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Sunday, September 09, 2007

Reconnect

Back from my holiday, and slowly getting back to the world of what we think of as 'normal' communications.

How often do you switch your phone fully off? (ie not just to silent or flight-mode)

As I promised myself before I went away, I left my mobile switched off virtually the whole time, checking it once or twice daily. I left a fairly terse voicemail message suggesting that email was a better way to reach me. I charged the phone once in 3 weeks. No work calls, no mobile Internet connection, no ridiculous roaming charges - just a handful of texts with a couple of friends I wanted to meet up with. I totally recommend that everyone disconnects like this once in a while - it's hugely therapeutic.

Although I certainly wasn't looking out for them specifically, a few mobile/wireless observations caught my eye during my time in the Balkans.....

- Croatia is probably the most developed mobile market in the region at first glance, in terms of 'visible usage', retail sophistication - and I guess influence from the hordes of Italian & northern European tourist mobilistas. Serbian capital Belgrade had adverts for 3G services.
- Lots of 'hand-me-down' highish-end phones from 2005-6 pressed into service for basic prepaid: either 'remaindered' stock, or perhaps recycled second-hand ones (eg unloved Nokia 6670s)
- I saw a total of 3 BlackBerries being used while I was away, 2 of which were held by tourists in Dubrovnik
- Mostly small independent shops selling every current phone (including up-to-the-minute N-series Nokias and the latest S-Es)
- 3G phones even in places with no 3G network (eg Macedonia). Nokia even has streetside adverts specifically for the N-Series in Skopje.
- Nowhere near as many people taking photos with cameraphones as I see in the UK (eg not many 'night out with friends' snaps)
- Absolutely no sign of the oft-repeated myth that 'the new generation will first start using the Internet on mobile phones'. Total rubbish & wishful thinking, as always. Internet cafes everywhere, broadband ads everywhere, no signs of data use on low-end prepay mobiles. I don't believe there's a single individual on the planet, outside maybe Japan, whose 'first experience of the Internet has been on a mobile'.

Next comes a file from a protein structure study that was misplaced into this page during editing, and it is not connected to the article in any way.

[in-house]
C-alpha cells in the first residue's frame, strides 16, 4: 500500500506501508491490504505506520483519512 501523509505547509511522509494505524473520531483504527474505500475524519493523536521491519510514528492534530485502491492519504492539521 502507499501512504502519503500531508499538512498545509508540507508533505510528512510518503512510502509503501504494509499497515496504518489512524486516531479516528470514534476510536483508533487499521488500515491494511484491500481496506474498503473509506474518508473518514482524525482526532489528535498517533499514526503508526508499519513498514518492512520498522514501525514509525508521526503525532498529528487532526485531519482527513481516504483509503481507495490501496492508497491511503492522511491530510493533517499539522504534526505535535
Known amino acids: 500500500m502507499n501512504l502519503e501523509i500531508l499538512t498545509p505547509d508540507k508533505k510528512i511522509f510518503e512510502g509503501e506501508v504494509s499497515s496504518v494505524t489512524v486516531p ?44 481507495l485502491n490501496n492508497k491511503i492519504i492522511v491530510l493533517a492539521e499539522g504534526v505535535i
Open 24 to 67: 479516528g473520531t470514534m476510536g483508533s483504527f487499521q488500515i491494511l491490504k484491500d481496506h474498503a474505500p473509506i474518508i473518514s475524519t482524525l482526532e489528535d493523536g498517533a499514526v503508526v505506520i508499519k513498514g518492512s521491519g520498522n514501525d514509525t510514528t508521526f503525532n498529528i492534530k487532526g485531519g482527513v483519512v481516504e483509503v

- Lots of local networks seem to use the cell-location field, with the name of the cell/part of town you're in appearing on your cellphone screen. Not sure what this achieves, really - I generally know where I am, and if I'm lost I need something a bit more specific. Only exception I found was falling asleep in a bus/train in a foreign country & waking to be uncertain of how close you are to your destination.
- Macedonia allegedly has a countrywide WiFi network, although I suspect this is a bit of an exaggeration. I saw a grand total of 2 laptop users, both in a cafe with its own (free) WiFi. No WiFi handsets on sale in the shops either - although bizarrely one retailer did have a couple of ISDN (!) videoconferencing terminals (!!) on display. Rather than wasting money on metro-WiFi, I suspect a better investment for the country would be in the roads in the capital city, which are in shocking condition.
- typical Internet cafe price - about $3-4 an hour, more in Croatia, less in Bosnia & Serbia.

Also, just before I went away, I bought a new digital camera (a really small handset-sized Ricoh Caplio R6, which has 7x zoom & 1-sec startup time). I'd just gone past the 1000th pic I'd taken with my SonyEricsson K800i, which I'd been using as my main digicam for a year & generally rave about. But I've found that I've taken 700 great pics in just 3 weeks on the Ricoh - the mobile industry is still some way behind state-of-the-art in imaging.

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